As part of the deal, seven black and Asian workers who were denied jobs as Ford lorry drivers shared pounds 70,000 in compensation, according to company sources.
The agreement, struck on the day that industrial tribunal cases were about to start, also involves new selection procedures for the pounds 30,000 a year jobs - the highest paid among manual workers at the company.
While some 45 per cent of workers at Ford's Dagenham plant are black or Asian, less than two per cent of the 300 employees of the truck fleet, also based at the Essex complex, come from the ethnic minorities.
In answer to allegations about the recruitment system, the company has agreed that outside independent specialists will help in the assessment and training procedures. The company has also agreed that it's "ethnic monitoring" system will be extended to the truck fleet.
Bob Purkiss, equality officer at the Transport and General Workers' Union, which backed the seven who brought the case, said he was "very happy" with the deal. "We have reached a full agreement with the company and it is now incumbent on everyone to implement it," he said.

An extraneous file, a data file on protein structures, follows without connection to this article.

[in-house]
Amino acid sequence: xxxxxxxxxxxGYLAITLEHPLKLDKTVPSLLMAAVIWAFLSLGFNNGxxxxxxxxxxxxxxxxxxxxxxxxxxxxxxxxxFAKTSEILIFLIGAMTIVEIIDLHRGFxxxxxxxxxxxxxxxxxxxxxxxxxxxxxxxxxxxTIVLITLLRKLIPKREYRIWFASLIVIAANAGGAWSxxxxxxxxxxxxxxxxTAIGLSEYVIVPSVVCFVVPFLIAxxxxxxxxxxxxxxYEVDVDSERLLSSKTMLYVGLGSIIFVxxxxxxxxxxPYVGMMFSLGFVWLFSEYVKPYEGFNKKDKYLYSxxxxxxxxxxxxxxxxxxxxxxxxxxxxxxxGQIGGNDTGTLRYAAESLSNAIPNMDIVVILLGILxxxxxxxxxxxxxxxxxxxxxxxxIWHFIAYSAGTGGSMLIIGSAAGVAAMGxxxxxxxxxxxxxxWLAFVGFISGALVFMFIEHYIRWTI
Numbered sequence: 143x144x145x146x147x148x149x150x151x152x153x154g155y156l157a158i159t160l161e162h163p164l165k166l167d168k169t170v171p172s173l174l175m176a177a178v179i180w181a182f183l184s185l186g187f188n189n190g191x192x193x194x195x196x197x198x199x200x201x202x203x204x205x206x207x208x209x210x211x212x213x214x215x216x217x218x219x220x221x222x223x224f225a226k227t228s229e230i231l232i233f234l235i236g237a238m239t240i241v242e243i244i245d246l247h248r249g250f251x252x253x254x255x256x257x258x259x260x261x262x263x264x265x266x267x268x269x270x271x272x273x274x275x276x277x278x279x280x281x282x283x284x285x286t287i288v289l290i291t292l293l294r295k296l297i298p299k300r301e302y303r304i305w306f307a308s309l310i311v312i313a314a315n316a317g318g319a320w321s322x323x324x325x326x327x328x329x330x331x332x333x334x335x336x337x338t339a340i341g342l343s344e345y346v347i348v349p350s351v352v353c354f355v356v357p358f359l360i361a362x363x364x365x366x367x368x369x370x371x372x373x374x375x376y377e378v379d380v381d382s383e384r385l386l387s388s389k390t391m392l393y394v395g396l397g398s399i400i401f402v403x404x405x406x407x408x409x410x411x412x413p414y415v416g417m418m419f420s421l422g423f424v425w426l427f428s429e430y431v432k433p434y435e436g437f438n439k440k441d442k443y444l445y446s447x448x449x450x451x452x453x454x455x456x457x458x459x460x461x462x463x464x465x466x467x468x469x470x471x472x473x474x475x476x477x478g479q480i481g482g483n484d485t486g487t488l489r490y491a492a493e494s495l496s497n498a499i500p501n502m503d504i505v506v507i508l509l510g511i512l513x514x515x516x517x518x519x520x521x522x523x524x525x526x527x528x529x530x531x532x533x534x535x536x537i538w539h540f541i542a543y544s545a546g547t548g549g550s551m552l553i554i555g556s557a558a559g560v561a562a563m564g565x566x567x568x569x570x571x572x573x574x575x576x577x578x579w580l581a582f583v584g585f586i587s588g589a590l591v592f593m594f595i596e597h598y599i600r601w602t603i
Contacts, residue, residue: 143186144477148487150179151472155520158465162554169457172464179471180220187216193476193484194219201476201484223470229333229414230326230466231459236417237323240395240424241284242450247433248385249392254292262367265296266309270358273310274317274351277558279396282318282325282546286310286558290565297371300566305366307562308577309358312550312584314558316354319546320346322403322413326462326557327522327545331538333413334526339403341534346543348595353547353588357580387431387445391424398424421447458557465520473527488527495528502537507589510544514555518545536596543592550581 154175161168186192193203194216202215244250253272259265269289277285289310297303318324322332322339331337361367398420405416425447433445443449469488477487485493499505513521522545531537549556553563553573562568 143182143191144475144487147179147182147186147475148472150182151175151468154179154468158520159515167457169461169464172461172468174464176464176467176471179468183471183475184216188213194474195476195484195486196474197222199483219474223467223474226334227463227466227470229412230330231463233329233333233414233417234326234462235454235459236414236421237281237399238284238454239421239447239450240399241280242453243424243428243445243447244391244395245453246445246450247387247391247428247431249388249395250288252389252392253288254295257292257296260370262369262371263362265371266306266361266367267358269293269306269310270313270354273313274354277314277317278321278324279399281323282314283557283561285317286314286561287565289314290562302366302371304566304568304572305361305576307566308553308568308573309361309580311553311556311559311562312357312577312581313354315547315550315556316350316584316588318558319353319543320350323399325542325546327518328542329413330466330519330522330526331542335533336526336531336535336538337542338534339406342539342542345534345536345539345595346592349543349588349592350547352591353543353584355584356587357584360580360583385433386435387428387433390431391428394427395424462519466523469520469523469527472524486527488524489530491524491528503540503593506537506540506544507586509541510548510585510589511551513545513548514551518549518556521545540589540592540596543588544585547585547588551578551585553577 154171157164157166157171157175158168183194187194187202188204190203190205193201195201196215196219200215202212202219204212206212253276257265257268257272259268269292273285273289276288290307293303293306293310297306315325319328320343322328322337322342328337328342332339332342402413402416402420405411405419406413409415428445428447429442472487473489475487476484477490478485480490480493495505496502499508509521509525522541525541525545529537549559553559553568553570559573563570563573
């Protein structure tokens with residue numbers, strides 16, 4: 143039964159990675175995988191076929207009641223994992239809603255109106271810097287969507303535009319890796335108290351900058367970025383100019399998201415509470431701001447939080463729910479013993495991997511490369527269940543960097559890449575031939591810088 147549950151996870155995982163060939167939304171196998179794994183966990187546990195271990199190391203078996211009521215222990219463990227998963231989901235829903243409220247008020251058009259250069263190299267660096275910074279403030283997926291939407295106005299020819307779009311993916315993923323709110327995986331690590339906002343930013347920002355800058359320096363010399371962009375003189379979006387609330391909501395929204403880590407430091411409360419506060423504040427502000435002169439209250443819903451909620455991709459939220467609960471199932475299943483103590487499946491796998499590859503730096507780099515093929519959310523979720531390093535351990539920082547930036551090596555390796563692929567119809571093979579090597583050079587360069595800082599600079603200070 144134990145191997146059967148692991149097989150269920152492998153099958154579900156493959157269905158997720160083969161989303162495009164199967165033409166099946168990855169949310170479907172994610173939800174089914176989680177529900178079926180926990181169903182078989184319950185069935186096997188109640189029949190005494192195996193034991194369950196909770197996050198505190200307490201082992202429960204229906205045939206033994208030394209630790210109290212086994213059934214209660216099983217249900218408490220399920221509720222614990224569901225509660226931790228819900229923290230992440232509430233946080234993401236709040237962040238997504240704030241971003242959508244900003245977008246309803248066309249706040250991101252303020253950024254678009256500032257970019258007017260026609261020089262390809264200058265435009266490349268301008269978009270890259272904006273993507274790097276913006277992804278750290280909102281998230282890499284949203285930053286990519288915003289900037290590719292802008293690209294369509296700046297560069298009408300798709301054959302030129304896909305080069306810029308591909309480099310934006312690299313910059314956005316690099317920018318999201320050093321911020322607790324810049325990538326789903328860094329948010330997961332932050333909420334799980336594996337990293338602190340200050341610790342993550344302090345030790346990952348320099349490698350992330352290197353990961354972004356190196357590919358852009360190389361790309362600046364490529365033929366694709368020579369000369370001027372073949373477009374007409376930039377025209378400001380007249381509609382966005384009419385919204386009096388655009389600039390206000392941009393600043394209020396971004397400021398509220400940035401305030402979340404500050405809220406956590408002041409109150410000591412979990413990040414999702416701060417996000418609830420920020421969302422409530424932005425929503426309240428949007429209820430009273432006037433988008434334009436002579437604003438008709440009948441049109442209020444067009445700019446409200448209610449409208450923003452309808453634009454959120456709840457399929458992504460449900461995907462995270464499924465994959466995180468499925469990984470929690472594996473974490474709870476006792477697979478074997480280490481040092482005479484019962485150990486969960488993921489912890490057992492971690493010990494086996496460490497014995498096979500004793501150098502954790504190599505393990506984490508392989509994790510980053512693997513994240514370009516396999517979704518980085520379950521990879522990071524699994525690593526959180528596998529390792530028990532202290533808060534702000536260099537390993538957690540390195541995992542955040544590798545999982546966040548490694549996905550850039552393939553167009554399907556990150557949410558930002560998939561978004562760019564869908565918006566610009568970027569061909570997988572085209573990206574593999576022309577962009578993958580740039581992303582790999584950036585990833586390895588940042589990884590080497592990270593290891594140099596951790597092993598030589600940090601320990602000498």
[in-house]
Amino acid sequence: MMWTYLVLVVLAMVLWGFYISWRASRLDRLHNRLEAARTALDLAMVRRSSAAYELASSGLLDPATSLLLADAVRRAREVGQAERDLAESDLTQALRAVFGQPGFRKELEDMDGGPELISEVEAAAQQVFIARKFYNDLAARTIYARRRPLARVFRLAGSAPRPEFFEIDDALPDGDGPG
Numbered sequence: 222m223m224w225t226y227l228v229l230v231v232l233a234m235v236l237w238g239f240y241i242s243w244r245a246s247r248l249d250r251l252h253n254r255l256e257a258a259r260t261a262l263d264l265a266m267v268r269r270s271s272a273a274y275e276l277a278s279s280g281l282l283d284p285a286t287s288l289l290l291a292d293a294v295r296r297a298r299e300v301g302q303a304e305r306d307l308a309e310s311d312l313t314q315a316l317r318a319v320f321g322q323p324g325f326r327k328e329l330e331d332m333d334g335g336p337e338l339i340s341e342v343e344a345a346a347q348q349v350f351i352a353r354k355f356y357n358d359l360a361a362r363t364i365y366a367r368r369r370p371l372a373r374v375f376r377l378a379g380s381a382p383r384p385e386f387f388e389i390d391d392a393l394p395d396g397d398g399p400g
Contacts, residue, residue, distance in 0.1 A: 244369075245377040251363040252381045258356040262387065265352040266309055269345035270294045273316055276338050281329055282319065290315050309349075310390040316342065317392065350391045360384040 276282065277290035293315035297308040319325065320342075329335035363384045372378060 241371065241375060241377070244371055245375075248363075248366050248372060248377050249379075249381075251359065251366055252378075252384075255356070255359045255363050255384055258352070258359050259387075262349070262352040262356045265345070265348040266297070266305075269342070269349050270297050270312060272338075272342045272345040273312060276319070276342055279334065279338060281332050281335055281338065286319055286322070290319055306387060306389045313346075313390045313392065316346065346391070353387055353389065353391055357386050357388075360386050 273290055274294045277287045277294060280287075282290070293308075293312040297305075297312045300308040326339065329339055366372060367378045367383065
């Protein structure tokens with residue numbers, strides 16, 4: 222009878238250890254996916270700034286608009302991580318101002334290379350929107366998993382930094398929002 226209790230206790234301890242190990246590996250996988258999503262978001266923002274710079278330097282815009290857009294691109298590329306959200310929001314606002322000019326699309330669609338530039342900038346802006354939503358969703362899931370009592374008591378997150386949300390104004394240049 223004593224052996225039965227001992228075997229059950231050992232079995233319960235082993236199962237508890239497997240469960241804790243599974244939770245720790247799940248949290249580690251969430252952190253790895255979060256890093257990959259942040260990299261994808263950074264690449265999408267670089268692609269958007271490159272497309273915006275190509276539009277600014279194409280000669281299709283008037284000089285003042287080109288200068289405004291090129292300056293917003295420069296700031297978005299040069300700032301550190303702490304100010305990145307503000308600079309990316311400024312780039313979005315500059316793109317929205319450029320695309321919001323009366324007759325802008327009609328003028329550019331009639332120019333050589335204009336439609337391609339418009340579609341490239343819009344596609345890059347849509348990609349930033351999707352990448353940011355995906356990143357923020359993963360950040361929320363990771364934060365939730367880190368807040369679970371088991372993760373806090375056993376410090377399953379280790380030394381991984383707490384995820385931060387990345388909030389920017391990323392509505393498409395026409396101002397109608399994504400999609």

He argued that Ford was not among the worst transgressors when it came to discrimination. "Look at the banks, look at the City, where are the black people there?" he asked.
A spokeswoman for Ford conceded that it would be many years before the ethnic mix of lorry drivers would reflect the composition of the main factories at Dagenham because there was a very low labour turnover.
Ford had been accused of acquiescing in a system of recruitment which effectively handed jobs down from father to son, thus excluding ethnic minorities. The truck drivers are generally regarded as the most industrially powerful group of workers in Ford. Because they deliver Ford parts from plant to plant throughout Europe, they can bring the whole operation to a halt within days.
That power has increased in recent years as the "just-in-time" principle of production has reduced the number of components kept at each individual site.
The truck drivers have been highly critical of the TGWU, their own union, and have voted to join the rival United Road Transport Union.
Mr Purkiss was at pains however to point out that the tribunal cases were taken against the company not the truck drivers.
Jack Nasser, chairman of Ford of Europe, has agreed to meet Ian McCartney, Labour's chief employment spokesman and other MPs to discuss the plan to shed 1,300 jobs from Ford's Halewood plant.
Mr Nasser confirmed that he had met Ian Lang president of the Board of Trade, to ask whether grants would be available to pave the way for fresh vehicle production at the Merseyside plant.Reuse content